Sunflower oil is extracted from the seeds of a sunflower, not from the blossoms or petals, which goes some way to explaining the resinous smell.
The vegetal smell is reminiscent of many other things that grow in the ground. Imaginer plucking the pungent petals from a rose or rhododendron, so you are just left with the stem. That ‘garden’ smell is similar to that of a sunflower.
4. They Smell Earthy
Another word that cropped up more than once when describing the smell of a sunflower was ‘earthy’.
Again I can see the logic in this, there is an earthy and woody smell that probably isn’t too far removed from describing sunflowers as smelling vegetal or resinous.
Someone even compared the smell to that of stepping out in a garden full of fresh trees and leaves, that kind of earthy aroma when you are surrounded by nature.
That is probably a fair comparison.
5. Insects Are Not Attracted to Sunflowers by Their Smell
Sunflowers are a haven for all kinds of bugs, and it isn’t for their smell.
In fact, most insects find the same things attractive about sunflowers that we humans do, their seeds and their bright yellow petals.
Once they are there the bugs are present with hundreds of small tubular flowers, all packed with pollen and nectar.
In the case of bees, it is a mutual appreciation society. The bees help the flower pollinate and produce more quality seed, whilst the sunflower offers the bee nectar for honey production.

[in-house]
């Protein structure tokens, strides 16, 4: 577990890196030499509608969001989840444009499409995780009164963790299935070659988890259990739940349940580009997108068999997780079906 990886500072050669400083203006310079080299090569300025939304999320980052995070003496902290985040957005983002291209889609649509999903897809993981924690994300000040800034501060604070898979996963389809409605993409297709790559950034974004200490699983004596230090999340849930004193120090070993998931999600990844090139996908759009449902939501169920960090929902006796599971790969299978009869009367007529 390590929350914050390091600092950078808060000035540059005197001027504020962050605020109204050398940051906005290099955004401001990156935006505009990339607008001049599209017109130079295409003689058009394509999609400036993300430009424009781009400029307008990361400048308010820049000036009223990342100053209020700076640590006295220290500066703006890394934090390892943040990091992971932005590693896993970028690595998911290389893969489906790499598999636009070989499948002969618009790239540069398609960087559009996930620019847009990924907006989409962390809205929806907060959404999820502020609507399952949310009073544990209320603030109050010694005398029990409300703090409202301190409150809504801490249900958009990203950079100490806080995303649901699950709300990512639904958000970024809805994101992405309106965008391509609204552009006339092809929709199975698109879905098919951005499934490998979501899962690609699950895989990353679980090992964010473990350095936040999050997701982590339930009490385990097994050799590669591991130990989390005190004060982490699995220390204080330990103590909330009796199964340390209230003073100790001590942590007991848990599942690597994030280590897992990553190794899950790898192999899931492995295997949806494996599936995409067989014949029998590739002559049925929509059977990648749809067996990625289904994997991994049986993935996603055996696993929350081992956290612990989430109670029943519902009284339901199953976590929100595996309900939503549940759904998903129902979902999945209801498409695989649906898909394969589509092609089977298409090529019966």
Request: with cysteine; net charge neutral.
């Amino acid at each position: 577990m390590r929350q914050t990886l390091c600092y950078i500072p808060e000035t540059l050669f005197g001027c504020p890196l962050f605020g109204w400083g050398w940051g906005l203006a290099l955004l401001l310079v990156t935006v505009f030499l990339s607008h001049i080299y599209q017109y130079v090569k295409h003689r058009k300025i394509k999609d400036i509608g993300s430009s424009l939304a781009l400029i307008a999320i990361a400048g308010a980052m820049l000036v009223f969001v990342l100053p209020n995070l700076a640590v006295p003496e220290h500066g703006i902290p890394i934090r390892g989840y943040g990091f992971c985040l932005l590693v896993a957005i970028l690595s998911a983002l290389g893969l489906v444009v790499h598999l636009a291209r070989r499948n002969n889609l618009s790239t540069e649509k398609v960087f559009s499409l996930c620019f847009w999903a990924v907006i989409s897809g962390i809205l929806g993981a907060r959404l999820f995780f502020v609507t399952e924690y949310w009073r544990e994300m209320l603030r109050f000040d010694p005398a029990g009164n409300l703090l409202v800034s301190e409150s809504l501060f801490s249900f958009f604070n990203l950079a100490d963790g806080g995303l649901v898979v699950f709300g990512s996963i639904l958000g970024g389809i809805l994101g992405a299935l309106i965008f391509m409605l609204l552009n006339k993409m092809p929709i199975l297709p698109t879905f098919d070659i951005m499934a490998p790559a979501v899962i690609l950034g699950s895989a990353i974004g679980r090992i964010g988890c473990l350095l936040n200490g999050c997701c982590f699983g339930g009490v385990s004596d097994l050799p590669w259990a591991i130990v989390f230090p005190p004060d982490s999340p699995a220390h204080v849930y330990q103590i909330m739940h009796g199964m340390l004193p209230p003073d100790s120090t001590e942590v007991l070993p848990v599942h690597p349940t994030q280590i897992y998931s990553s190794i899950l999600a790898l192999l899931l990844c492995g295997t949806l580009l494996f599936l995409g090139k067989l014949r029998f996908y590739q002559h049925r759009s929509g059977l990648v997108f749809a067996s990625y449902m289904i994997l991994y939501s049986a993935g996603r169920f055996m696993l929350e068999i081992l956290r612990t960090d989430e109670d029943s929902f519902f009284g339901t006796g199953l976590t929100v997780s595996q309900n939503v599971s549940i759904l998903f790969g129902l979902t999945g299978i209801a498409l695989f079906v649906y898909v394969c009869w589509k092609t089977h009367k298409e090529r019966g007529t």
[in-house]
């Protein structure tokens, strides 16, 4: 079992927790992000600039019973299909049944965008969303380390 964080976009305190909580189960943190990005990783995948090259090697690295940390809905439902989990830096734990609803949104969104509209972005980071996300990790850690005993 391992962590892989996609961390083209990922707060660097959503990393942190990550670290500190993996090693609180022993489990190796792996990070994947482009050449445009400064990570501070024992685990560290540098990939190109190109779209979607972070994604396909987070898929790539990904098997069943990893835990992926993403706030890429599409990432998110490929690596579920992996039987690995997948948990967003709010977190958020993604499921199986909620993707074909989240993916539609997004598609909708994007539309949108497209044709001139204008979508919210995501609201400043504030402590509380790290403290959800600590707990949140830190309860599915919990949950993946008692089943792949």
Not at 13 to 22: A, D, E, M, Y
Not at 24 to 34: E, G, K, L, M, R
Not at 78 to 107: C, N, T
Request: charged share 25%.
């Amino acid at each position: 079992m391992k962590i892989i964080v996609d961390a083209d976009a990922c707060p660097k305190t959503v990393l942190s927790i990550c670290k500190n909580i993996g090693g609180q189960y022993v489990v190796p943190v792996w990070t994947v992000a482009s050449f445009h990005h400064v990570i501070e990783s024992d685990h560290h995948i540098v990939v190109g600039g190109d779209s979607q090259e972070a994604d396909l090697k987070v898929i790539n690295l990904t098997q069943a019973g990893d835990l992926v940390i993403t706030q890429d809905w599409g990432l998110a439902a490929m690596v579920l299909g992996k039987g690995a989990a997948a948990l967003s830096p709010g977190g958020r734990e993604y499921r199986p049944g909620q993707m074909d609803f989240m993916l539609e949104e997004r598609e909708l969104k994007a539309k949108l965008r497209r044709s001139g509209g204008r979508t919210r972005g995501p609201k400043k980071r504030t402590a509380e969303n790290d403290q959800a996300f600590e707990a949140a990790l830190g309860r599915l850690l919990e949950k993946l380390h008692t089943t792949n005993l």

6.They Don’t Smell Like Sunflowers by Elizabeth Arden
As you might have guessed, the plant doesn’t smell like the hugely popular women’s fragrance launched by Elizabeth Arden in 1993.
Top notes in the fragrance include melon, orange blossom, bergamot and rosewood. Very different from the sunflower itself!
However, the perfume is described as a ‘bright fragrance’, taking its name from the bright petals of the eponymous flower.
So do sunflowers have a scent? Well as you can see, the scent of a sunflower doesn’t match its attention-grabbing look. Even though as many as 2,000 tiny flowers can make up the head of a sunflower they produce a very mild smell.
The petals on the outside of the head of the sunflower, known as ray florets, are equally underwhelming in their aroma.
Sunflowers are native to North America, first grown in the continent over 5,000 years ago. They remain amazing plants and popular worldwide to this day.
But it isn’t for their smell.
Most people grow them for their bright and cheerful appearance, as well as their height, they typically grow to around 3m (10ft).
Sunflowers are also widely cultivated for their seeds, which are healthy snacks and sunflower oil and sunflower spread, which are both derived from the seeds.
So perhaps we can cut the versatile sunflower some slack and forgive it for being lacking in the fragrance stakes!
Steve is a one time gardening hater turned into gardening obsessive.
This was all thanks to going to University where a two year stint spent transforming the previously horrific garden of the student house he lived in left him addicted to all things horticultural!
Now with a new house in tow and due to some fortunate circumstances he is free to test out a whole host of gardening equipment.
Find out more about Steve or drop him an email at firstname.lastname@example.org.